The Housing Situation At The Olympics Is A Total Mess

If you thought your home was in need of repairs, wait until you hear what the Aussies have to say about the housing situation in Rio. 

Team Australia refused to move in to the Olympic Village over the weekend, saying rooms were unfit for habitation, The New York Times reported Sunday.

Rooms were deemed unsafe for the team because of “blocked toilets, leaking pipes, exposed wiring, darkened stairwells where no lighting has been installed and dirty floors in need of a massive clean,” according to a statement fromKitty Chiller, the team’s chef de mission in Rio.

“I have never experienced… a village in this state, or lack of state, at this point in time,” Chiller tells reporters in the Reuters video above. 

Press photos of the rooms reveal no such issues, however:

YASUYOSHI CHIBA via Getty Images

Buda Mendes via Getty Images

YASUYOSHI CHIBA via Getty Images

The Rio organizing committee recognizes that some rooms need “extra work,” saying they will place teams whose rooms are unfinished in other buildings until their assigned rooms are fully ready, a spokesperson for the International Organizing Committee told HuffPost in a statement.

“Crews have worked overnight and will be working 24 hours a day until the issues are resolved,” the statement said. “Unfortunately, Rio 2016 expects this to take another few days.”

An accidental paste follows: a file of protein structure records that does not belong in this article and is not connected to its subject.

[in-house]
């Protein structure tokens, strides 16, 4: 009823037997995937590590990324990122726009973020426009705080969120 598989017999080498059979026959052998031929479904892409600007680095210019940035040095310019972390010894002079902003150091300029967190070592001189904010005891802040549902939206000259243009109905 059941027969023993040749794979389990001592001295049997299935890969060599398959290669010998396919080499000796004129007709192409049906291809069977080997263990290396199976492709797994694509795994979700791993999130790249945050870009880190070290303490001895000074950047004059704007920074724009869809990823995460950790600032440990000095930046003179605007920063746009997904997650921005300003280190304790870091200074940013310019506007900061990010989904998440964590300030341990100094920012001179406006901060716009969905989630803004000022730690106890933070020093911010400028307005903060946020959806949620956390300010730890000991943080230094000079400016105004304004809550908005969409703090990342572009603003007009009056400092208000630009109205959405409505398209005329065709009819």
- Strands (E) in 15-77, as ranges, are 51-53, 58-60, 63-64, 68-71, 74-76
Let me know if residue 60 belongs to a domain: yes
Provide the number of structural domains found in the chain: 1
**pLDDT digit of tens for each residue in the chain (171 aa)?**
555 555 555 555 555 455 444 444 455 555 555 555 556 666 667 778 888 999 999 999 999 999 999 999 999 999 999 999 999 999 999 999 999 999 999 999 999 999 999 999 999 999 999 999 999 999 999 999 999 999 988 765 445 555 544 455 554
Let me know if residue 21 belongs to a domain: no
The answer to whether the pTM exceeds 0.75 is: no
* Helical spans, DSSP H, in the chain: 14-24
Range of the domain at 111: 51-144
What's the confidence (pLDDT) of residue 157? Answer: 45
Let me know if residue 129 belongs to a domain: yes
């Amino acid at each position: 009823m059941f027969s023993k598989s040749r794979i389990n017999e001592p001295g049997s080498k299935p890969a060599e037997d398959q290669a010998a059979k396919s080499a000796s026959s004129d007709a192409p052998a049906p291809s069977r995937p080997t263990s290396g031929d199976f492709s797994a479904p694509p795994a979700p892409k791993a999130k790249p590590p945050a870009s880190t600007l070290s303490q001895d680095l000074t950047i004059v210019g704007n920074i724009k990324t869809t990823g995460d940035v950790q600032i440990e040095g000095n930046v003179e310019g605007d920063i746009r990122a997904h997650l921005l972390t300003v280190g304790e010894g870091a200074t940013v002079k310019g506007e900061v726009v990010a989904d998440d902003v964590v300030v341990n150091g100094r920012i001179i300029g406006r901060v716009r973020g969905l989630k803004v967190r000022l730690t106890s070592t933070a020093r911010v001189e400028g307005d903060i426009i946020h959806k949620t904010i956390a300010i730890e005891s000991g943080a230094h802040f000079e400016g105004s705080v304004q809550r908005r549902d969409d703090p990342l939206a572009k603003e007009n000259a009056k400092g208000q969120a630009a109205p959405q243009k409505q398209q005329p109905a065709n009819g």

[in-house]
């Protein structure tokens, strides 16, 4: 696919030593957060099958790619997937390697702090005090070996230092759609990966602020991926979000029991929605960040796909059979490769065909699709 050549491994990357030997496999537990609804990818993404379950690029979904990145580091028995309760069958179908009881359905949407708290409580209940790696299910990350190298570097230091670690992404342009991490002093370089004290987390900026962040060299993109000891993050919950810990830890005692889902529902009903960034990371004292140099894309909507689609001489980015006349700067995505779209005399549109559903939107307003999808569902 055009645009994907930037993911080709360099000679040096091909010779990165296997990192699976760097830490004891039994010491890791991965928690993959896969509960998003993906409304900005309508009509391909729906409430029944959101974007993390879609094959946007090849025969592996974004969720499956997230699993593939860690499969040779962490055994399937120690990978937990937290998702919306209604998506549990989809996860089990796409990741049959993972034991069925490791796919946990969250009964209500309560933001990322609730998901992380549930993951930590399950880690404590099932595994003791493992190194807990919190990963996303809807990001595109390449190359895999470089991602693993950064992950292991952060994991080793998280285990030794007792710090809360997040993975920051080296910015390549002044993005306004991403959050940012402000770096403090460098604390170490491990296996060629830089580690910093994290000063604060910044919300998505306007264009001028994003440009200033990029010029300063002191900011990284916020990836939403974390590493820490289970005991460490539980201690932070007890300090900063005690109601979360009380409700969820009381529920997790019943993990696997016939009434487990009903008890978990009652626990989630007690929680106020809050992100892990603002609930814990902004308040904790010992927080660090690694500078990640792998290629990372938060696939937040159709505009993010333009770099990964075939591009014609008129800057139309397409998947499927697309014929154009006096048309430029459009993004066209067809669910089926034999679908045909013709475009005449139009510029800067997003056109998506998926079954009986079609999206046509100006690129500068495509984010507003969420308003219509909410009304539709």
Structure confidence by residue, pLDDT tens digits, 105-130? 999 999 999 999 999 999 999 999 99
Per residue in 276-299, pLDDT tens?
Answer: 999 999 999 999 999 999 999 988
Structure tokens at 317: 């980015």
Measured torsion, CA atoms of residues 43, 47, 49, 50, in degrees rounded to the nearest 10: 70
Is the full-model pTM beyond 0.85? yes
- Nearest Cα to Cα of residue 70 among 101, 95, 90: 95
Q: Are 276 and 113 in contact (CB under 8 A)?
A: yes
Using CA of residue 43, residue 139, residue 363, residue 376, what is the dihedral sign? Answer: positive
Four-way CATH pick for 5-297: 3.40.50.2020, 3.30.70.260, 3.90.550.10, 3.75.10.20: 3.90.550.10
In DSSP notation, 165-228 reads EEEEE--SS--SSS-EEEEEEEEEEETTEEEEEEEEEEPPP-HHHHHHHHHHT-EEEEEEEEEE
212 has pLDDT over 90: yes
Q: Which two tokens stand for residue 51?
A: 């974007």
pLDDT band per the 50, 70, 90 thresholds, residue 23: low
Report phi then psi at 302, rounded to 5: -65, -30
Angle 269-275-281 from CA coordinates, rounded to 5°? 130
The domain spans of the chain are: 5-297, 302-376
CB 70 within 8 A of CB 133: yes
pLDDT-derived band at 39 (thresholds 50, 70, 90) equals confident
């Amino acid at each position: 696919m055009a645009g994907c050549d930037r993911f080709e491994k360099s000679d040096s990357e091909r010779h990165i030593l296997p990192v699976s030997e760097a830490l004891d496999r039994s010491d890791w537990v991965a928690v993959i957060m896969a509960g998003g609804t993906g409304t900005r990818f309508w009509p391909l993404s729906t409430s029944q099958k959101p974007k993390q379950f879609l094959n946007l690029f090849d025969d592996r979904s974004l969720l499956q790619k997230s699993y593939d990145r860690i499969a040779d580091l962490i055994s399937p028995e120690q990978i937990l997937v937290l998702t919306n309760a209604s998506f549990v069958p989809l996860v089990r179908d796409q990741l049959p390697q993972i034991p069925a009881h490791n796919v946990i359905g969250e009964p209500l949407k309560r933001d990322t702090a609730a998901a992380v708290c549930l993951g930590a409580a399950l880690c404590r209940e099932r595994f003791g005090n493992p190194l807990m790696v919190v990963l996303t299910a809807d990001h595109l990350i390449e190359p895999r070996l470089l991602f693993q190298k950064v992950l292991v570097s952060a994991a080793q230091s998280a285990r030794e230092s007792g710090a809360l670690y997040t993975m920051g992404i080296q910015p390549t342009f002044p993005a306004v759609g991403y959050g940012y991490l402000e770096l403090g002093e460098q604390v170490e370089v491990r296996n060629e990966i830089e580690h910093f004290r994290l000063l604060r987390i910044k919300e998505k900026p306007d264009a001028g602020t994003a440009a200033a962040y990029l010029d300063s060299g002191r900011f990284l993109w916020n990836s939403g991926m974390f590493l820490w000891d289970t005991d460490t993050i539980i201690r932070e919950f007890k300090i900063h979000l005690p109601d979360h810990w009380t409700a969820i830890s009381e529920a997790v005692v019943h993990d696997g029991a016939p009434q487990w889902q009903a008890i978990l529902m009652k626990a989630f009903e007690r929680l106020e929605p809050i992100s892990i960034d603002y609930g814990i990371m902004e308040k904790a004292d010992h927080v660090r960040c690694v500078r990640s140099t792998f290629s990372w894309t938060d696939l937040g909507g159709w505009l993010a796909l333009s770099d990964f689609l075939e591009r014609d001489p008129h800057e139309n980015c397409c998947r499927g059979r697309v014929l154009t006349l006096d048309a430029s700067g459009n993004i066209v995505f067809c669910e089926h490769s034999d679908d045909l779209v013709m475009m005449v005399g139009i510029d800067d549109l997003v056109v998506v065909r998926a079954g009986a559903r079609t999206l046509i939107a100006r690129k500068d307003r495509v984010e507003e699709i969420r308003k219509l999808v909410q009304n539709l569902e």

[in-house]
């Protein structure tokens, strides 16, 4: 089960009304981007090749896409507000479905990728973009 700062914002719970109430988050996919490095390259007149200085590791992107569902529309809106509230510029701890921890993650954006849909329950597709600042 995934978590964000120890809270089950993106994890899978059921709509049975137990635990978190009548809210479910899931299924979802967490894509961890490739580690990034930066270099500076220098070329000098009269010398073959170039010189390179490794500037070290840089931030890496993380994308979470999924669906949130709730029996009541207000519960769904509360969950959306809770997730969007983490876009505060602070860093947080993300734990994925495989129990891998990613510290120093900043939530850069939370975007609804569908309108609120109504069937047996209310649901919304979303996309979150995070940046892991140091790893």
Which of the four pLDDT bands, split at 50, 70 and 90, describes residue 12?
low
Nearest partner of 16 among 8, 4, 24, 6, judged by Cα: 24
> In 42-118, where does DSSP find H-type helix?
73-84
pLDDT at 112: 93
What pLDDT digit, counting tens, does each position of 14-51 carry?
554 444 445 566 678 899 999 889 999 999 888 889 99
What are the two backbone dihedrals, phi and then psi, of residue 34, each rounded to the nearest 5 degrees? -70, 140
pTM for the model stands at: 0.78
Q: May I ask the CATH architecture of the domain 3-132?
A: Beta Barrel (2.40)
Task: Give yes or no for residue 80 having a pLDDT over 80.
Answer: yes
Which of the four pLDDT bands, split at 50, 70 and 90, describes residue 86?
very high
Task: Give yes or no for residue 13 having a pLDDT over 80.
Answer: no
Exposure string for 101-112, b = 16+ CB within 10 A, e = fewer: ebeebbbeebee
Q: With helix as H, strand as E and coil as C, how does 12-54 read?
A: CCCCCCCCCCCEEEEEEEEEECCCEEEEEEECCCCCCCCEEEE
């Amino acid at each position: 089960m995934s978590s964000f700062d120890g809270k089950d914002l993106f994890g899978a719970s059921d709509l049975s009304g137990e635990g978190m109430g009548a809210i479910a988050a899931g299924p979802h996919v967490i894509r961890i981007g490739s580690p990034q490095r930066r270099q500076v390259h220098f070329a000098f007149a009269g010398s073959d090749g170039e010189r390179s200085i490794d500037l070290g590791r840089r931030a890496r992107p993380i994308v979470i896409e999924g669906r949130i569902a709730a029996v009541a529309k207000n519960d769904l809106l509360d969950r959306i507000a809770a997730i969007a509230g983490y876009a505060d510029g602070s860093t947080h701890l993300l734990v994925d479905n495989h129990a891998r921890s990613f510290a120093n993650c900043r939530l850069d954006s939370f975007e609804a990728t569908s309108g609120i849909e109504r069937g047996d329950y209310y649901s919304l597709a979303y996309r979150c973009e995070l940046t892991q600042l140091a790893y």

Meanwhile, other teams including New Zealand, Denmark and Britain have voiced similar concerns that their housing isn’t up to snuff. They have reason to worry: Many athletes say a solid night’s sleep is key to performing their best. Some research shows that just one night of restless sleep can mess with peak heart rate levels and ratings of perceived exertion, both of which spell trouble for elite athletes. 

The housing debacle isn’t great for Rio’s reputation, either. It’s reminiscent of the Sochi Olympic Games, when accommodations were riddled with all sorts of plumbing and building problems. But so far, the Rio Olympics have faced near-constant issues, from athletes dropping out over the Zika virus to financial and political crises in the region, to polluted water at competition sites. Not to mention a doping scandal that threatened to remove the entire Russia team from competition. 

The good news is that there’s room for things to improve. Chiller’s statement says she will reassess the housing situation, so it’s possible Team Australia will move into the Olympic Village soon. For now, we hope they’re chilling by a beach, with no leaky pipes in sight. 

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